This study aimed to select a method for greywater treatment that is effective, new, environment-friendly, and cost-effective. This is the first report of using integrated ozone, GAC, and UF system for synthetic and RGW treatment for a long time (6 months).
3.1. Synthetic Greywater Production
Necessary chemicals, such as boric acid (99.9% purity, Merck), glucose (99% purity, Merck), Na2HPO4 (≥ 99% purity, DNAbiotech), Na2SO4 (≥ 99% purity, Merck), NaHCO3 (≥ 99% purity, Merck), was used to prepare greywater. Based on previous studies, chemicals and commercial compounds were used to prepare synthetic greywater at low concentrations (COD ≈ 200), according to Table 1. The greywater formula was concentrated for preparing synthetic greywater in medium and high concentrations.
|Chemical Substance Amount per Liter||Amount per Liter||Commercial Products||Amount per Liter|
|Secondary effluent||20 mL||Deodorant||10 mg|
|H3BO3||1.4 mg||Shampoo||720 mg|
|C6H12O6||28 mg||Laundry effluent||150 mg|
|Na2HPO4||39 mg||Sunscreen or moisturizer||10 - 15 mg|
|Na2SO4||35 mg||Toothpaste||32.5 mg|
|NaHCO3||25 mg||Vegetable oil||7 mg|
|Clay (Unimin)||50 mg|
3.2. Design of a Pilot of O3/GAC/UF Combined Process
At first, the research pilot included a feed tank with a volume of 500 liters, pre-filtration with a cartridge filter (pore size: 5 µ), ozonation reactor (dose: 5 mg/L), GAC reactor, and UF unit. Figure 1 shows the schematic of the pilot.
3.3. Preparation and Transfer of Carbon Grains to GAC Reactor
|Iodine number (mg/g)||980||ASTM|
|Moisture (% bwt)||Max1||ASTM|
|Total Ash%||< 5||ASTM|
|Surface area (m2/g)||950||ASTM|
|Hardness number||94||ASTM 4058|
|Surface area (m2/g)||909||BET|
|Capillary thickness (µm)||40 ~ 50|
|Capillary outer diameter (µm)||450|
|Capillary pore diameter (µm)||0.01 ~ 0.2|
|Ventilation rate (cm3/cm2.s)||7 × 10-2|
|Porosity (%)||40 ~ 50|
|Lengthways strength (KPa)||120,000|
|Designed flux (L/M2/H)||6 ~ 9|
|Area of the membrane module (m2/module)||0.1|
|Operating pressure (MPa)||-0.01 ~ -0.03|
|Abnormal pressure (KPa)||> -0.05|
The following steps were taken to prepare GAC before transferring to the GAC reactor:
(1) Activated carbon grains were sieved, and granules smaller than 2 mm in diameter (mesh 10) and larger than 1.19 mm (mesh 16) were selected for transfer to the GAC reactor.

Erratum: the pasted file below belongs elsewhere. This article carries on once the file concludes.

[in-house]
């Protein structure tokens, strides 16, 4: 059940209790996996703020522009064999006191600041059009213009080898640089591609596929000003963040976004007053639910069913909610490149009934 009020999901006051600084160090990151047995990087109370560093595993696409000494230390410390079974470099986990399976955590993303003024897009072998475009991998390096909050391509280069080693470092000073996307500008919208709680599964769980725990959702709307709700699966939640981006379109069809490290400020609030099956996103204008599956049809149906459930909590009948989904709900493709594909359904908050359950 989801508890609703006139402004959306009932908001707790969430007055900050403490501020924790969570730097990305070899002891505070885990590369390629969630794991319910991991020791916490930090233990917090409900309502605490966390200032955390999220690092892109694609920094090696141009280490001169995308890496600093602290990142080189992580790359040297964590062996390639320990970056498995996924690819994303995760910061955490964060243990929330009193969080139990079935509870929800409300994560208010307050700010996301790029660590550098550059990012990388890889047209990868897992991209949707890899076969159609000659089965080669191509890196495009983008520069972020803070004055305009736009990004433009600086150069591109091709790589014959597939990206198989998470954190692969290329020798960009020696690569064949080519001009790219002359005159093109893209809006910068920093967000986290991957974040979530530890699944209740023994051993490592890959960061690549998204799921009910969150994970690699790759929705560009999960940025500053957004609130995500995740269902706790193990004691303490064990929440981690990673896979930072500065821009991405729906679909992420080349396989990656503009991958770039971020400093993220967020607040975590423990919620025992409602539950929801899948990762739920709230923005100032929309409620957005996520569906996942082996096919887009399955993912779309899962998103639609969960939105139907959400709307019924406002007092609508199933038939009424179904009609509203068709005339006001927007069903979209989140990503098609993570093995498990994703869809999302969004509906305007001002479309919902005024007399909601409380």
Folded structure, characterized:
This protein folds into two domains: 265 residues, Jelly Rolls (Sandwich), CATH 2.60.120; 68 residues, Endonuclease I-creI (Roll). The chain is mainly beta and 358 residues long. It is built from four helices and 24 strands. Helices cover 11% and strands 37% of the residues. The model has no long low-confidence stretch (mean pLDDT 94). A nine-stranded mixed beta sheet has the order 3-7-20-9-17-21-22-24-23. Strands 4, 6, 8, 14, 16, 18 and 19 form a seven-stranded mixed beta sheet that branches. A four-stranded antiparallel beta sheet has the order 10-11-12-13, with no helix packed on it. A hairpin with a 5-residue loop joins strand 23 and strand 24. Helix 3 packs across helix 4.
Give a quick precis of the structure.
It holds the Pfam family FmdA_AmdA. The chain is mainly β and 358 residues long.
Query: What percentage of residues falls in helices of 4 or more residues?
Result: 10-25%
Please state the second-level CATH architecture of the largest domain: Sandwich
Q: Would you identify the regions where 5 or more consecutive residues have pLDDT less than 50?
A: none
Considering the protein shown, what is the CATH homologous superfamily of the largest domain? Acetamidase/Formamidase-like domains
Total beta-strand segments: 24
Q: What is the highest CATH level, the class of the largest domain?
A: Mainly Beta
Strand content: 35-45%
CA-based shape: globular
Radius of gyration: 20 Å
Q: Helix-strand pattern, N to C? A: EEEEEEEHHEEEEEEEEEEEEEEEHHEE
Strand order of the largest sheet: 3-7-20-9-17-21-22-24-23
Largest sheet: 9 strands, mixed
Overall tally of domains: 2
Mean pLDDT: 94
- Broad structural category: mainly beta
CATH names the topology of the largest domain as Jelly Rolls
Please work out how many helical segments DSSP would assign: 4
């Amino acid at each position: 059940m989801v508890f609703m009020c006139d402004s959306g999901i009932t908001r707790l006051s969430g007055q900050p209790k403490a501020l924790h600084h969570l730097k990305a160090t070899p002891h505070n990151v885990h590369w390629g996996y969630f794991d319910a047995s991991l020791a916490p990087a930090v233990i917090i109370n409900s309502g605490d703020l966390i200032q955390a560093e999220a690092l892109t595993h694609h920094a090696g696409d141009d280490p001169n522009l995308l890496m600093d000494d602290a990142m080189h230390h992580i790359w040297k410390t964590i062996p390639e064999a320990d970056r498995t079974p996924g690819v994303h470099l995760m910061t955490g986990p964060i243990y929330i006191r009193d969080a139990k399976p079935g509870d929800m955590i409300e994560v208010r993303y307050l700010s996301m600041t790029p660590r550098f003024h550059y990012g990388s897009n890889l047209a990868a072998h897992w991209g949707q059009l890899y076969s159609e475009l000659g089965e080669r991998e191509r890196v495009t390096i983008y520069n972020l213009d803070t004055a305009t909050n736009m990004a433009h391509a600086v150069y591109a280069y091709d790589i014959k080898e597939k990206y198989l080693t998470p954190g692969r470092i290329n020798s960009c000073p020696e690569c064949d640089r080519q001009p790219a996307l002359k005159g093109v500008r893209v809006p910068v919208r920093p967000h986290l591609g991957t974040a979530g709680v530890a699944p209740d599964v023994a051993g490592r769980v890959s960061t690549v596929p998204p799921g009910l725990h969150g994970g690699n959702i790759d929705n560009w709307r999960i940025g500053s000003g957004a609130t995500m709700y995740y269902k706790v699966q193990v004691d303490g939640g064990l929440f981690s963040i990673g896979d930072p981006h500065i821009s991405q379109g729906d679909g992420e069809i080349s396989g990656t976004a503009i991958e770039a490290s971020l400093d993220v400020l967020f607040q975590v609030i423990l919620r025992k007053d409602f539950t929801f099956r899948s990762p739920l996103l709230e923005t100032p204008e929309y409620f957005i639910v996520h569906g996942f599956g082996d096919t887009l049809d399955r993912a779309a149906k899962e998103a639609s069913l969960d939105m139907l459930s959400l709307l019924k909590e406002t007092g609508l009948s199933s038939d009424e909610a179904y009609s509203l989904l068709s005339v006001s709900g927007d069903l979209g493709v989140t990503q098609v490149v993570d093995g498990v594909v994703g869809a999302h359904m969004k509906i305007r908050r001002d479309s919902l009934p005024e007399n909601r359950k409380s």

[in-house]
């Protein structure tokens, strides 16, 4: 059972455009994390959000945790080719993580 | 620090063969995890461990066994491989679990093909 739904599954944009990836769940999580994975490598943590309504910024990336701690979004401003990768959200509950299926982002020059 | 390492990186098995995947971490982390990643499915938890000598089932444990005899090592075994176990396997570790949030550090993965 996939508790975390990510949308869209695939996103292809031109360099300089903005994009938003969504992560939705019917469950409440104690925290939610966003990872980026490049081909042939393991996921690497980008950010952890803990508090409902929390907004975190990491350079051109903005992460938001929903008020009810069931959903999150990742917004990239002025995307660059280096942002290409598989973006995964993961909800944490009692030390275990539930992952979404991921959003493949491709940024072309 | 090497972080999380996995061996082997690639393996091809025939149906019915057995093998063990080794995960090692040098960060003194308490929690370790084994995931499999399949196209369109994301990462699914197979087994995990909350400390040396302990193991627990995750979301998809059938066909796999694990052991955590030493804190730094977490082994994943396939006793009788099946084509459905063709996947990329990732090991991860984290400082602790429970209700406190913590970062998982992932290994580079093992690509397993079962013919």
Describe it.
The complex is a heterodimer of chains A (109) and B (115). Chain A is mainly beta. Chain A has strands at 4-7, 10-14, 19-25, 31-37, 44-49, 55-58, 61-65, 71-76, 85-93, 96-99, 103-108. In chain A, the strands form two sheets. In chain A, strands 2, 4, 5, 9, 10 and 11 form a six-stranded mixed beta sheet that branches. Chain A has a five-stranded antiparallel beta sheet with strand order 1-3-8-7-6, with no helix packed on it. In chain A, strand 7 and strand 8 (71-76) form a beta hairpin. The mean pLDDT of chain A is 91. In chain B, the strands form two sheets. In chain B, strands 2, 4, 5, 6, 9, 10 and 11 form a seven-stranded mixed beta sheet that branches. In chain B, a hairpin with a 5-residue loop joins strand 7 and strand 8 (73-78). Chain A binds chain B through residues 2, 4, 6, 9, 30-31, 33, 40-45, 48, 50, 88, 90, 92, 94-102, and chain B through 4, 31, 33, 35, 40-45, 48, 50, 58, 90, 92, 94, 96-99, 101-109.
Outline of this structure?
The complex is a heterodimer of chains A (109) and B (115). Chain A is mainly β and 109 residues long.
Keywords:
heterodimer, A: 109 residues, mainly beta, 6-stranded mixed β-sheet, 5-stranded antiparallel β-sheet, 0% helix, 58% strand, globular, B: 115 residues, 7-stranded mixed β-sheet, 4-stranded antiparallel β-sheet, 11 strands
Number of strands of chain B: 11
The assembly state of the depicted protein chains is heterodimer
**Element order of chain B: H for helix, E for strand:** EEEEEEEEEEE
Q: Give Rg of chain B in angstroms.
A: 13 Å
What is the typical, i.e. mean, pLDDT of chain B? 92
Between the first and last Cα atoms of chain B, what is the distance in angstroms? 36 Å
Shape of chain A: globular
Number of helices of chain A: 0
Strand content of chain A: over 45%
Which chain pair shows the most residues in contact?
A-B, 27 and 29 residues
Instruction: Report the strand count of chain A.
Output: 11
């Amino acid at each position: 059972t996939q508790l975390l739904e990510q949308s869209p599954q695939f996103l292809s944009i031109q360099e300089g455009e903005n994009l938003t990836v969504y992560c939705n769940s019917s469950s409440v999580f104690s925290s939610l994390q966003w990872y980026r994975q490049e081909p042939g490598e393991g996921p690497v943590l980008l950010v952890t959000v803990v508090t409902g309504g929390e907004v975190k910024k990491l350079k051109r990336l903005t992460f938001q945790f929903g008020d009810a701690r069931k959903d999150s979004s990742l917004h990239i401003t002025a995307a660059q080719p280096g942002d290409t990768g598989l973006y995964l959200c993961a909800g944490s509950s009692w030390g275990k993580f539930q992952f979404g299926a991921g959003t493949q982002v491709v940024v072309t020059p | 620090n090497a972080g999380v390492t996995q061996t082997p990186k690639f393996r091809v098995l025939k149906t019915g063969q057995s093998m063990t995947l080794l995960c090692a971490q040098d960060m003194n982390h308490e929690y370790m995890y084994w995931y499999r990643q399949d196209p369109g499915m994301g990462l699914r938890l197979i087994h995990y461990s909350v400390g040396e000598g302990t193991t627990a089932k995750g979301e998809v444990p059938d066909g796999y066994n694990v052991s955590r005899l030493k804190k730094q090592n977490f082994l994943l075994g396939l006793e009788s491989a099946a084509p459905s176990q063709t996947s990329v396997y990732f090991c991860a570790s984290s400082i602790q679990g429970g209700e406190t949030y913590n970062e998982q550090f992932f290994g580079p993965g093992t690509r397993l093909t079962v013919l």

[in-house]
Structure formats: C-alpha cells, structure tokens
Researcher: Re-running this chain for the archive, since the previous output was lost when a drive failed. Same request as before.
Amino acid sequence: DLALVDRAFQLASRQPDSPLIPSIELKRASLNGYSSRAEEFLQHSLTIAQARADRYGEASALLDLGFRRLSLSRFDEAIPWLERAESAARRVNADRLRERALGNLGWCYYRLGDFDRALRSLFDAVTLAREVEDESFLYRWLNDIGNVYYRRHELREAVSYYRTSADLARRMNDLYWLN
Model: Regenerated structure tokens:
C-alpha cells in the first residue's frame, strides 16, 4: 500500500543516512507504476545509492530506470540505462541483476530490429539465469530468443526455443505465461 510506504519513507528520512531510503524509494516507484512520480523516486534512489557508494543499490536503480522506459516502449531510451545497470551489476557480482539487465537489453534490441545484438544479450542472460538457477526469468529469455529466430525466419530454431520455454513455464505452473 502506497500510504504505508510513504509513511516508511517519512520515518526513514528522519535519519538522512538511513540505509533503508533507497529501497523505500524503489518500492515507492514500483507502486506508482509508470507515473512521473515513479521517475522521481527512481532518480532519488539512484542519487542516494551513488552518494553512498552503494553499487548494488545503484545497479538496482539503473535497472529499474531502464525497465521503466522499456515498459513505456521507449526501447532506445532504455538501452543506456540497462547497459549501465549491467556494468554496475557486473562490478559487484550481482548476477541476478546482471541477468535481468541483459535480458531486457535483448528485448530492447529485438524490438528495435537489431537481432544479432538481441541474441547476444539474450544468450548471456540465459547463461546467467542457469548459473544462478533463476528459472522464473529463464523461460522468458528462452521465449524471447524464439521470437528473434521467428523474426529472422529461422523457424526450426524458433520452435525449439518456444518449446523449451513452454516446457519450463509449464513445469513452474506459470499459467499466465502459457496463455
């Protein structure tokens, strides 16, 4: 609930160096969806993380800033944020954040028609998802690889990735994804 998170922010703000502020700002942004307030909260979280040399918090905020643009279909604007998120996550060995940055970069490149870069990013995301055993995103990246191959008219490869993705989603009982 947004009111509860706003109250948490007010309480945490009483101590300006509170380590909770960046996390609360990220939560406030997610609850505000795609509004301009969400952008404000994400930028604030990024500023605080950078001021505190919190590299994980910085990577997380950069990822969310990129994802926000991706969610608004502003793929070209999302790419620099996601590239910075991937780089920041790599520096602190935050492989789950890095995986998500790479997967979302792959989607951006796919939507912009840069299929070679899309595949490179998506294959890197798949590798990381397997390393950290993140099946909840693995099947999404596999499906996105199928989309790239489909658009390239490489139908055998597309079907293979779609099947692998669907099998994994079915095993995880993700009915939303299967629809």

(2) Activated carbon grains were washed with distilled water and were dried at 104°C for 2 h.
(3) Two laser-cut circular plates were perforated for equal distribution of wastewater flow at the top and bottom of the GAC reactor.
(4) A layer of coarse sand was used to prevent the possible escape of activated carbon grains on the reactor floor.
(5) The GAC reactor was filled with activated carbon grains.
3.4. Operation of Greywater Treatment System (O3/GAC/UF)
The continuous flow of synthetic greywater entered the treatment system at a low organic loading rate of 6.1, medium of 12.2, and high of 18.3 gCOD/L.d for six months. Afterwards, RGW samples taken from a residential complex in Shiraz, Iran, entered the treatment system for two weeks. The empty bed contact time of the GAC reactor was 50 min. The GAC and UF units were backwashed every two weeks.
3.5. Chemical Analysis
The COD was measured using the closed reflux method (5220-D, colorimetric method, Spectrophotometer, Hach Company, DR5000), and the five-day biochemical oxygen demand (BOD5) was determined using standard dilution water (5210-B). The LAS was measured by methylene blue active substance (MBAS) 5540–C method according to Standard Methods for the Examination of Water and Wastewater, 23rd edition (10). Turbidity was measured by turbidimeter (Hach, 2100Q), and pH was assessed by pH meter (metrhom, 827).
3.6. Data Analysis
In this study, mean, standard deviation and analysis of variance (ANOVA) were used to statistically compare the removal efficiency of parameters, including COD, BOD5, turbidity, and LAS at different organic loads. All the experiments in this study were completed in duplicates.
In previous studies, pH was usually between 5 and 9, depending on the types and the sources of greywater (11). In the present study, as Figure 2 shows, by increasing the amount of organic load in inlet synthetic greywater, the average pH decreases from 7.65 at low organic load to 5.84 at high organic load. In RGW, the average pH was in the neutral range. At the outlet of the treatment system, pH was neutral to slightly alkaline. However, the average pH in this study was confirmed by other investigations.